Pilots repeatedly voiced safety concerns about the Boeing 737 Max 8 to federal authorities, with one captain calling the flight manual "inadequate and almost criminally insufficient" several months before Sunday's Ethiopian Air crash that killed 149 people, an investigation by The Dallas Morning News found.
The News found at least five complaints about the Boeing model in a federal database where pilots can voluntarily report concerning aviation incidents without fear of repercussions.
The complaints are about the safety mechanism cited in preliminary reports for an October plane crash in Indonesia that killed 189.
The disclosures found by The News reference problems with an autopilot system during takeoff and nose-down situations while trying to gain altitude during flights of Boeing 737 Max 8s. While records show these flights occurred during October and November, information regarding which airlines the pilots were flying for at the time is redacted from the database.
Records show a captain who flies the Max 8 complained in November that it was "unconscionable" that the company and federal authorities allowed pilots to fly the planes without adequate training or fully disclosing information about how its systems differed.
The captain's complaint was logged after the FAA released an emergency airworthiness directive regarding the Boeing 737 Max 8 in response to the crash of Lion Air Flight 610 in Indonesia.
An FAA spokesman said the reports found by The News were filed directly to NASA, which serves as a neutral third party for reporting purposes.
"The FAA analyzes these reports along with other safety data gathered through programs the FAA administers directly, including the Aviation Safety Action Program, which includes all of the major airlines including Southwest and American," said Lynn Lunsford, southwest regional spokesman for the FAA.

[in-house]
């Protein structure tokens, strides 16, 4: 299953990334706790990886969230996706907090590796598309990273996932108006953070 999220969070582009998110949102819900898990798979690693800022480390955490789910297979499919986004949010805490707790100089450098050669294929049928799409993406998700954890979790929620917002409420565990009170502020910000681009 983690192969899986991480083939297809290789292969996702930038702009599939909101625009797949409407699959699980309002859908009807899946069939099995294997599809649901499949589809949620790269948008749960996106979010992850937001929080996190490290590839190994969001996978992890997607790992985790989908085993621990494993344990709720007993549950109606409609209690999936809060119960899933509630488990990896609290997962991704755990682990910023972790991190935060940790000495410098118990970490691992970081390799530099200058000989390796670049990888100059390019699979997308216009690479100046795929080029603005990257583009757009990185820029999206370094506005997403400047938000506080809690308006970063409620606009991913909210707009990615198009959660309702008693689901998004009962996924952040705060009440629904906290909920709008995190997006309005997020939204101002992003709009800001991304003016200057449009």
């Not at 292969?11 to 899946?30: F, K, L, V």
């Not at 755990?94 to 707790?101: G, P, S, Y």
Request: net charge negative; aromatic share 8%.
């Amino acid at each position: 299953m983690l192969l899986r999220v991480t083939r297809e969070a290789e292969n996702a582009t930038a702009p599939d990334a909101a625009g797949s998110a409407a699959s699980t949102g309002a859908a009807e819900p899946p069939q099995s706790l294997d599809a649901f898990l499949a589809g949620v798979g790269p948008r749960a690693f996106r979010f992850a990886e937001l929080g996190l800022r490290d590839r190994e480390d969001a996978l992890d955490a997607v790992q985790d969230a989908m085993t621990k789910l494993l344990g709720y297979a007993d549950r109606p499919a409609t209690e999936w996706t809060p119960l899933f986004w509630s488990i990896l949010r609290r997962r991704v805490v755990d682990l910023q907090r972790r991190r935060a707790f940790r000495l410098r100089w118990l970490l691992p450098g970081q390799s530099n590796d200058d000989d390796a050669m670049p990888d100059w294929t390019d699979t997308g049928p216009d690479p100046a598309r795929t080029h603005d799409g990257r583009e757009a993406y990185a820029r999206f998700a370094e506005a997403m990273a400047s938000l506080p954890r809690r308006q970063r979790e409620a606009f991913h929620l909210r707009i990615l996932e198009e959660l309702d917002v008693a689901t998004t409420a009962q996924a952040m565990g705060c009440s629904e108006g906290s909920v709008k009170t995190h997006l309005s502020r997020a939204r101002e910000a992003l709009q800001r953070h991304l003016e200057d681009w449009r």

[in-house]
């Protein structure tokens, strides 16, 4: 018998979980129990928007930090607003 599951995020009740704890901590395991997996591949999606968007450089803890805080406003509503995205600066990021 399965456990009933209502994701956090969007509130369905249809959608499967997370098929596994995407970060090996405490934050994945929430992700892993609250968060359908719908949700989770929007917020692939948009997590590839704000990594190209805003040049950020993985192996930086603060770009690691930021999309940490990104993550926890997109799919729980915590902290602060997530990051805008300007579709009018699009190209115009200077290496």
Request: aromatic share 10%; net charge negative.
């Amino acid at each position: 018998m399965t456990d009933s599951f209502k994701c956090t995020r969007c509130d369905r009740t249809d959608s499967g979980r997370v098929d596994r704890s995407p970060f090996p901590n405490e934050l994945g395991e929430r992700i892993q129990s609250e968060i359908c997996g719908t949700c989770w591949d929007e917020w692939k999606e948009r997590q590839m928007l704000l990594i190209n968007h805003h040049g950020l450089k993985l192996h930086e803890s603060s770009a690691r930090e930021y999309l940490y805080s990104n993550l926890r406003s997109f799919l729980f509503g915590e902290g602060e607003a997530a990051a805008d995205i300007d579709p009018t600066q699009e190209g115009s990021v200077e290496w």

A federal audit in 2014 said that the FAA does not collect and analyze its voluntary disclosure reporting in a way to effectively identify national safety risks.
U.S. regulators are mandating that Boeing upgrade the plane's software by April, but have so far declined to ground the planes. China, Australia and the European Union have grounded the 737 Max 8, leaving the U.S. and Canada as the only two countries flying a substantial number of the aircraft.
Sen. Ted Cruz (R-Texas), who leads a Senate subcommittee overseeing aviation, said in a statement Tuesday that U.S. authorities should ground the planes.
"Further investigation may reveal that mechanical issues were not the cause, but until that time, our first priority must be the safety of the flying public," Cruz said.
At least 18 carriers -- including American Airlines and Southwest Airlines, the two largest U.S. carriers flying the 737 Max 8 -- have also declined to ground planes, saying they are confident in the safety and "airworthiness" of their fleets. American and Southwest have 24 and 34 of the aircraft in their fleets, respectively.